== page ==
Mary’s primary emotion at this point is not curiosity or fear: it is the profoundly human response of grief. She is drawn to the tomb by longing for her Lord. She needs to be in the place where she last saw him.

When she does look into the tomb for herself, however, she sees rather differently from Peter and John. Where they had spotted only the discarded grave-clothes, she sees two angels, guarding the empty space like the cherubim on the Ark of the Coven­ant. Blessed are those who mourn indeed.   and the Angels speak to her: “Woman, why are you weeping?”

And she repeats to them the message she has already given to the disciples, but with a slight variation: not “They have taken the Lord out of the tomb,”but “They have taken away my Lord, and I do not know where they have laid him.

The gratitude for her healing that caused Mary Magdelene to follow Jesus initially has deepened into love and devotion. She has already shown her courageous faithfulness when Jesus was arrested. When the hand-picked disciples who had been trained for leadership deserted him, she stayed at the cross. Here she is, a myrrh-bearer at his tomb as soon as the sabbath is over. Her actions are driven by grief and longing. She is passionate and steadfast.

They have taken away my Lord, and I do not know where they have laid him.

As soon as the words are out of her mouth, and before the angels can say anything more, she turns around (perhaps she hears someone behind her) , and another mysterious stranger repeats the question of the Angels: “Woman, why are you weeping?”

Then he asks a significant follow-up: “For whom are you looking?”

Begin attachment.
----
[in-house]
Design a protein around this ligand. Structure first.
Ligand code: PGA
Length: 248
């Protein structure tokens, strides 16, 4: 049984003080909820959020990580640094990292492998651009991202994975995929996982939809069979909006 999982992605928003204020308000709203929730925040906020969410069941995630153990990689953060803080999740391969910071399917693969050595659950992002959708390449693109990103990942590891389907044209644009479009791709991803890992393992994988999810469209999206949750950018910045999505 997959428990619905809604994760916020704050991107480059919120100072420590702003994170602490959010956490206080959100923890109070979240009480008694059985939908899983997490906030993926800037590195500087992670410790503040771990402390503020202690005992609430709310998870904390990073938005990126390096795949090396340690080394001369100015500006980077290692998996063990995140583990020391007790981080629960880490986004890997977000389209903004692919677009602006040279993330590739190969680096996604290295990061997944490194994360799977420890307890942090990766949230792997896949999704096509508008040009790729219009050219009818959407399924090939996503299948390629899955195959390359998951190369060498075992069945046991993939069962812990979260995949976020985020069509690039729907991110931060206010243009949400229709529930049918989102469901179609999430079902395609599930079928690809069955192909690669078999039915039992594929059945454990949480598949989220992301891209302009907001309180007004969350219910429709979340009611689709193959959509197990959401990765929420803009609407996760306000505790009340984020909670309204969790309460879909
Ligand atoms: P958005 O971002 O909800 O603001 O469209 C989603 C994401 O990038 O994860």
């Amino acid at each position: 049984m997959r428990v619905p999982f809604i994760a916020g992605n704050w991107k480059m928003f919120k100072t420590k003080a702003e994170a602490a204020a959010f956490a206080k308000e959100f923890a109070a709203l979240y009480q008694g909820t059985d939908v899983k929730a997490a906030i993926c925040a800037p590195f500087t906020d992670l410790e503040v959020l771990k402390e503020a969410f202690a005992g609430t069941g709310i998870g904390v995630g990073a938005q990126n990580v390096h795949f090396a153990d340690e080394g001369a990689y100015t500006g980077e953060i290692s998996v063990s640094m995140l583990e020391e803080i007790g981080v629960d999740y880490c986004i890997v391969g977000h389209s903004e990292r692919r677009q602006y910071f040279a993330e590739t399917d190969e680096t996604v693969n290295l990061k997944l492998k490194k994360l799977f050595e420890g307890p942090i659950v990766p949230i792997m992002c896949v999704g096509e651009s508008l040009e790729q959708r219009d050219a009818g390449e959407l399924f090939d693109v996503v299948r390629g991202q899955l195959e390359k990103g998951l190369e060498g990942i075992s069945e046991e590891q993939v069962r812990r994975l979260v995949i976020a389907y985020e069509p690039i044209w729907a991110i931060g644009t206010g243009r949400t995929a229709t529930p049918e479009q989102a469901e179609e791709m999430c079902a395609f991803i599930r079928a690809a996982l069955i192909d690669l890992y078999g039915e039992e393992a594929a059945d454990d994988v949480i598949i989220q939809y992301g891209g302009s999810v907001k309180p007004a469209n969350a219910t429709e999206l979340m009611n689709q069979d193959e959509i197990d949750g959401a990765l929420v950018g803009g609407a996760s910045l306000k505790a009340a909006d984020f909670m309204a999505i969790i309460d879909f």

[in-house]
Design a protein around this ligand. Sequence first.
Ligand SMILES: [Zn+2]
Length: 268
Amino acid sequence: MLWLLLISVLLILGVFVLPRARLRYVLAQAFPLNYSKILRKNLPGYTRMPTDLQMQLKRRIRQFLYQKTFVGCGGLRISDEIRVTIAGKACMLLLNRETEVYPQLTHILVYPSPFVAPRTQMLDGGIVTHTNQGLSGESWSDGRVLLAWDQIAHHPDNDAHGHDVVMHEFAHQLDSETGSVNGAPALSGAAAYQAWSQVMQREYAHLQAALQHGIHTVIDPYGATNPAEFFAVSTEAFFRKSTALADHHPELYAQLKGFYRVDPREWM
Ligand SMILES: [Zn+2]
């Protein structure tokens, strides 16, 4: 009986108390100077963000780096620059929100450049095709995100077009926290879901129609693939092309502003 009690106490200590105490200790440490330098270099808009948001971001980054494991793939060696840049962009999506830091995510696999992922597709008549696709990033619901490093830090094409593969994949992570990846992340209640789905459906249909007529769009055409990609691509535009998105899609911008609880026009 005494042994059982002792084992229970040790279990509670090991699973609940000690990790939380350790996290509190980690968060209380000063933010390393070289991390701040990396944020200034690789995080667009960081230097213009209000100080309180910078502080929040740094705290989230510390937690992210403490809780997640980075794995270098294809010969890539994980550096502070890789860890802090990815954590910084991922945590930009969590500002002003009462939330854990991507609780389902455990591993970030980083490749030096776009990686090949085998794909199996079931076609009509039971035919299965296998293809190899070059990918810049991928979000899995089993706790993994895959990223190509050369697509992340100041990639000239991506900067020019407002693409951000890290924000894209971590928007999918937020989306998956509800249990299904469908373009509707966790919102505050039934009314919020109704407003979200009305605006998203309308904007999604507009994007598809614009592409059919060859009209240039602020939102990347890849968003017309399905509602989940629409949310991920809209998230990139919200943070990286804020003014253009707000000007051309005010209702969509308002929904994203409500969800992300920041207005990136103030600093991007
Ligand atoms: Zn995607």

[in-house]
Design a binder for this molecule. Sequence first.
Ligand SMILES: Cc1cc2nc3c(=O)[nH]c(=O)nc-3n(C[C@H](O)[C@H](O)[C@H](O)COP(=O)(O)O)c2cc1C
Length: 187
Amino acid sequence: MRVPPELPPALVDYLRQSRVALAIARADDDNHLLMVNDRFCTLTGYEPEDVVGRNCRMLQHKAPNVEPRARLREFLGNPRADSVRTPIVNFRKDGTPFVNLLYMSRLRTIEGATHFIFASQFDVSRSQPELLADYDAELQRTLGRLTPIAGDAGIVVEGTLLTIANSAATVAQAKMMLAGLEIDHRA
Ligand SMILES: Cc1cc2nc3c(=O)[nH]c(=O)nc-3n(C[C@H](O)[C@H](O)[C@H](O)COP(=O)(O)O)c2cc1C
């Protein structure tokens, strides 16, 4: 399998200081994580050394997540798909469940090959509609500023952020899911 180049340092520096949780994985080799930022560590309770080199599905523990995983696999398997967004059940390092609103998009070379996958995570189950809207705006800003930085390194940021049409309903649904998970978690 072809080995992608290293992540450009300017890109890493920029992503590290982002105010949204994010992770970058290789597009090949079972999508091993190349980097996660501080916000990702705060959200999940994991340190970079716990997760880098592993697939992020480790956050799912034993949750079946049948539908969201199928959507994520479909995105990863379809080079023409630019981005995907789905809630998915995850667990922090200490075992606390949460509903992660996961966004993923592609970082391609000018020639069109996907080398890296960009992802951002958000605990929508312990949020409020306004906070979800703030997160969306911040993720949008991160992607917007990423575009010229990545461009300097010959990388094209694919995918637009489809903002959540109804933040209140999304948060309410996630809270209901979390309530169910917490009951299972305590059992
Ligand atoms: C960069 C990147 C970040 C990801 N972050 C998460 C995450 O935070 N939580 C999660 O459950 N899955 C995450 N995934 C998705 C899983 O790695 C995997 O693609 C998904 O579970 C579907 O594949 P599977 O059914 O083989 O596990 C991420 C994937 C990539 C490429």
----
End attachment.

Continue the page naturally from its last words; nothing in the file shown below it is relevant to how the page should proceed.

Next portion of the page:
Surely her heart leaps in her at the sound of that question, so like the questions she has often heard the Lord ask: “What do you want me to do for you?”and “Who do you say that I am?”

But the moment of utter convic­tion comes with the calling of her name: “Mary!”and her answering implied embrace.

But Jesus says that this is not the time for holding onto him –there is something even more important to do and that is to get and tell others the good news that Jesus is alive –and Mary readily departs with the message that has been personally entrusted to her.

So Peter and the beloved disciple had gone home as ob­servers of an inexplicable event, to puzzle it over with the other disciples, but Mary Magdalene went home in response to an intimate encounter and a special commission. She came to the tomb carrying a pot of myrrh to anoint a dead man, but she sets down this gift for a corpse, and carries home instead the announcement“I have seen the Lord!”

Her first report to the disciples was of an ab­sence – someone has taken Jesus’body – but now she is witness to a presence. And the presence that so strongly drew her has now released her into new freedom of action. She too has been transformed. A grieving woman becomes the apostle to the apostles. A band of despairing runaways begins to preach the good news that God is doing a new thing, that Jesus is the resurrection and the life and that by joining ourselves with him we enter into a new relationship with God.

The same Jesus who died and rose again asks us “For whom are you looking?”and calls each of us by name to recognise him and to proclaim to the world that we have seen the Lord, and he calls us to become part of his body here by being part of his church and by sharing his body and blood and so to share in the power of his resurrection. That is why, when all is said and done, we are an Easter people, we are crucified to the values of the world but through that crucifixion we are resurrected with Christ.

On one level today’s lesson is multi layered and complex and there are all sorts of theological parallels that can be drawn and that I have only touched on lightly. But on another level, and probably a more important level, the message of today is very simple:

Christ is Risen – He is risen indeed, alleluia.